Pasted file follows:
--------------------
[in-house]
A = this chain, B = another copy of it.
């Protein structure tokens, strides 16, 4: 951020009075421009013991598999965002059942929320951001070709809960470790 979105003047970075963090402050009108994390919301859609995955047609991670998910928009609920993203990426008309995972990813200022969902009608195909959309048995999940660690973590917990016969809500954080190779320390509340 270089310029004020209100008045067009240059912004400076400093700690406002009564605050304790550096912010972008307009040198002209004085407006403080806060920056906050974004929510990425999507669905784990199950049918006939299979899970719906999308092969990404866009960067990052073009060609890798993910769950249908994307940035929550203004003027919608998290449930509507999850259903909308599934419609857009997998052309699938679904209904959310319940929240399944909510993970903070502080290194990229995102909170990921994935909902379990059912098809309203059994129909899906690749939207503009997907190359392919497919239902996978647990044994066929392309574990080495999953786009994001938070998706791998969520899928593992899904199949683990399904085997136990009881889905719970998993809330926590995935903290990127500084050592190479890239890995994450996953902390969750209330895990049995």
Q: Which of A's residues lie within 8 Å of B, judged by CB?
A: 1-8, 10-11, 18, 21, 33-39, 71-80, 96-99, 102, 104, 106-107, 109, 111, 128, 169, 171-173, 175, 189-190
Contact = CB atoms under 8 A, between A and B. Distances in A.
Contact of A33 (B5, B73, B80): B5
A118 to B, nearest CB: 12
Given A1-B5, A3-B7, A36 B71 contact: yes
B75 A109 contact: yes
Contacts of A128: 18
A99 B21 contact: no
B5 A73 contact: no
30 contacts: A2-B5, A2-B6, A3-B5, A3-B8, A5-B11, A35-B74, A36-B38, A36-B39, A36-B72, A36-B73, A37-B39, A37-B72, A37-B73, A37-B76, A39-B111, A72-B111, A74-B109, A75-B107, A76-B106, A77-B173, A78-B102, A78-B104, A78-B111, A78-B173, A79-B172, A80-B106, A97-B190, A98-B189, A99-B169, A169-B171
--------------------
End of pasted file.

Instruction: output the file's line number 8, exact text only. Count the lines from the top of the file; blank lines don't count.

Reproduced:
A118 to B, nearest CB: 12